Two Koreas to hold summit, North ready for denuclearisation talks: Seoul

Updated March 07, 2018


Pyongyang: North Korean leader Kim Jong-Un (right) shakes hands with South Korea’s chief delegate Chung Eui-yong (centre) during their meeting on Monday.—AFP
Pyongyang: North Korean leader Kim Jong-Un (right) shakes hands with South Korea’s chief delegate Chung Eui-yong (centre) during their meeting on Monday.—AFP

SEOUL: The leaders of North and South Korea will hold a historic summit in the Demilitarised Zone next month after Pyongyang expressed willingness to give up its nuclear weapons in exchange for security guarantees, Seoul said on Tuesday.

The North is open to “frank” talks with the United States on denuclearisation and would suspend missile and nuclear tests while dialogue was under way, the South’s national security adviser Chung Eui-yong said after returning from a meeting in Pyongyang with leader Kim Jong Un. US President Donald Trump gave a cautious welcome to the announcement.

“Possible progress being made in talks with North Korea,” Trump tweeted.

“For the first time in many years, a serious effort is being made by all parties concerned.” “The World is watching and waiting! May be false hope, but the US is ready to go hard in either direction!”

North Korea is subject to multiple rounds of UN Security Council sanctions over its atomic and ballistic missile programmes, and has long insisted that its “treasured sword” is not up for negotiation. But it is willing to abandon the programmes if its national security — and that of its leadership — is guaranteed, Chung said.

That remains a high threshold — Pyongyang has considered itself at risk of invasion by the United States since the Korean War ended in a ceasefire in 1953, leaving the two technically still at war. But Chung said Kim is willing to discuss denuclearisation in talks with Washing­ton, which could be the crucial concession needed to enable a dialogue.

Washington has long insisted Pyongyang take concrete steps towards denuclearisation as a precondition.

Tuesday’s developments are the latest steps in a rapid Olympics-driven rapprochement on the peninsula. They follow a year of high tensions during which Pyongyang carried out its most powerful nuc­lear test to date, along with multiple missile launches, including rockets capable of reaching the US mainland.

Kim and Trump traded personal insults and threats of war, sending fears of conflict spiralling. But the Pyeongchang Winter Olympics in the South triggered an apparent transformation, with Kim sending his sister to the opening ceremony, sparking a flurry of cross-border trips as South Korean President Moon Jae-in tries to broker talks between Pyongyang and Washington.

North and South agreed to hold a summit in late April in Panmunjom, the truce village in the DMZ, Chung said after leading the most senior delegation to travel North for more than a decade.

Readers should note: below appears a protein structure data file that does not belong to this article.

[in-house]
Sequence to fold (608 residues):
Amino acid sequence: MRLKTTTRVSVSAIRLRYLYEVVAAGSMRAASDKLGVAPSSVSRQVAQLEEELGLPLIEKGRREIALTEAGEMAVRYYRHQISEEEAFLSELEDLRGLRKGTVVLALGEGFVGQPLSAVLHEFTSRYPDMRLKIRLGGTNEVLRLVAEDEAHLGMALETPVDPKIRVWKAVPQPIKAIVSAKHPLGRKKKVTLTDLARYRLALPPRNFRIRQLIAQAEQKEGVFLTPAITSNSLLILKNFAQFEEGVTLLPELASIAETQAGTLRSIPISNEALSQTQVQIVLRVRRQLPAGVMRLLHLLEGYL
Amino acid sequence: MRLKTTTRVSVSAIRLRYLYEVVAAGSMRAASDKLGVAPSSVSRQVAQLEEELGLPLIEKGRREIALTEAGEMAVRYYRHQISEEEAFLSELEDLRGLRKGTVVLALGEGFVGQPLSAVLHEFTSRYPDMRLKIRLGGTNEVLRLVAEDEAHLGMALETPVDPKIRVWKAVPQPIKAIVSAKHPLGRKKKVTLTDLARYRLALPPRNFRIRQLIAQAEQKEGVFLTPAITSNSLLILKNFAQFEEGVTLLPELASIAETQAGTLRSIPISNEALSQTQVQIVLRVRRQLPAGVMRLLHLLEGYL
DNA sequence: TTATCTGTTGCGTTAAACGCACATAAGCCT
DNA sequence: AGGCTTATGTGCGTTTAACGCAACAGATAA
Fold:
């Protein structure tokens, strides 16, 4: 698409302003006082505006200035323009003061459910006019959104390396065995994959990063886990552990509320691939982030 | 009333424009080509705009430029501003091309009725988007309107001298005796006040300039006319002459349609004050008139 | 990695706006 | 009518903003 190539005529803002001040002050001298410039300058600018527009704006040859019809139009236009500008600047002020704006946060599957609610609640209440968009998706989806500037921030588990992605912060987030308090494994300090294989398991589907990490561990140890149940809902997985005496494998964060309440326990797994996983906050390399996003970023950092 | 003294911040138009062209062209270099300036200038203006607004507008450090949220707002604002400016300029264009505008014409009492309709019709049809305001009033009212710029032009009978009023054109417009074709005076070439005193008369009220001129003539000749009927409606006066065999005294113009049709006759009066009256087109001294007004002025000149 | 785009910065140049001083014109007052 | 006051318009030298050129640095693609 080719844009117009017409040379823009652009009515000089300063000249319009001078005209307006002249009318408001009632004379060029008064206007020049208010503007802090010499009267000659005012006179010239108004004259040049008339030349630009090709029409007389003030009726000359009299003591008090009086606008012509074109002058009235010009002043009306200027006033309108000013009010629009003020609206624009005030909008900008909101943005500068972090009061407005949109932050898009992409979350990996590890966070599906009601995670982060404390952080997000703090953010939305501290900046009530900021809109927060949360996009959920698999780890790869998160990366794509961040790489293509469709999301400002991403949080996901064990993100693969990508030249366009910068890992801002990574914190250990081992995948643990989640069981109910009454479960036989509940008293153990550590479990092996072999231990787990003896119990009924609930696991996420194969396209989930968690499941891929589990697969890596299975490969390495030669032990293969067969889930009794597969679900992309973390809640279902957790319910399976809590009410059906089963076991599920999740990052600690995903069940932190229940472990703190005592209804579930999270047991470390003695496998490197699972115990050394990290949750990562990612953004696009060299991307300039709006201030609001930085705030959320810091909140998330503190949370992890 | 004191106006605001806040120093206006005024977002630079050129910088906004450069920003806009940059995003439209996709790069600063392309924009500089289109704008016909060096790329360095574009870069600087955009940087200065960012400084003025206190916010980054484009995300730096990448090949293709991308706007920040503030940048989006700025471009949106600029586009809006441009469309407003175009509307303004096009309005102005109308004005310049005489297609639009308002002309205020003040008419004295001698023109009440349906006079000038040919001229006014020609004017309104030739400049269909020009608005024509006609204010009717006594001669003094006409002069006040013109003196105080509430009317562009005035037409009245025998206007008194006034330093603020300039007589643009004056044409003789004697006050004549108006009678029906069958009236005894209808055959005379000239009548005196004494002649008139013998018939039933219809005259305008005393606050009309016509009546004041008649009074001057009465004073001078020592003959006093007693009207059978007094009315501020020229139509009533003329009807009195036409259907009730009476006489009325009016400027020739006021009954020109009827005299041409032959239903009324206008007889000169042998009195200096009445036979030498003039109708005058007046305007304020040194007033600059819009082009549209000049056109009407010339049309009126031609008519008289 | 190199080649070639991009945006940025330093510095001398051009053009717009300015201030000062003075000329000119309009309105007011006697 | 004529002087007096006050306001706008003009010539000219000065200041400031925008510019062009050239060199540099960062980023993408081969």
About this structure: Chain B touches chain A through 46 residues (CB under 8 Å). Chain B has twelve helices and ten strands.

It will be the third meeting between the leaders of North and South, but the first to take place in the DMZ after summits in Pyongyang in 2000 and 2007.

The North “made clear that there is no reason to own nuclear (weapons) if military threats towards the North are cleared and the safety of its regime is guaranteed”, Chung said.

Pyongyang “expressed willingness to have frank dialogue with the US to discuss the denuclearisation issue and to normalise North-US relations,” he added, and said there would be no provocations such as nuclear or ballistic missile tests while dialogue was under way.

“Also, the North promised not to use atomic weapons or conventional weapons towards the South,” he told reporters, adding that Seoul and Pyongyang would set up a hotline between the leaders.

Kim also said he would “understand” if the South goes ahead with delayed joint military exercises with the US that usually infuriate Pyongyang, a senior official at the South’s presidential office added.

The envoys’ visit produced “a very important breakthrough”, said Cheong Seong Chang of Sejong Institute think tank, calling the results “an important first step towards stably managing the North’s nuclear and missile threats, preventing war on the Korean peninsula and building political and military trust”.

He cautioned that the definition of “military threats” the North wanted to see removed was “up for interpretation”, but said he belie­ved Washington and Pyongyang “would soon begin serious dialogue”.

Previous negotiations have ultimately foundered, however. Six-party talks, grouping the two Koreas, Russia, China, Japan and the US, and offering the North security and economic benefits in exchange for denuclearisation, broke down almost a decade ago.

North Korean state media pictures of the delegation’s extended meeting with Kim in Pyongyang showed the North’s leader in a jovial mood, smiling and shaking hands enthusiastically.

“Hearing the intention of Presi­dent Moon Jae-In for a summit from the special envoy of the south side, he exchanged views and made a satisfactory agreement,” the North’s official news agency KCNA said earlier.

Rodong Sinmun newspaper, the mouthpiece of the ruling Workers Party, devoted its entire front page to the visit.

The trip came after the North’s leader sent his sister to the Winter Games and invited Moon to a summit in Pyongyang.

Kim Yo Jong’s trip was the first to the South by a member of the North’s ruling dynasty since the end of the 1950-53 Korean War.

At the time Moon had not accepted the invitation to a summit, saying the “right conditions” were needed.

The South’s envoys will travel to Washington on Wednesday to brief US officials on their discussions in Pyongyang.

Published in Dawn, March 7th, 2018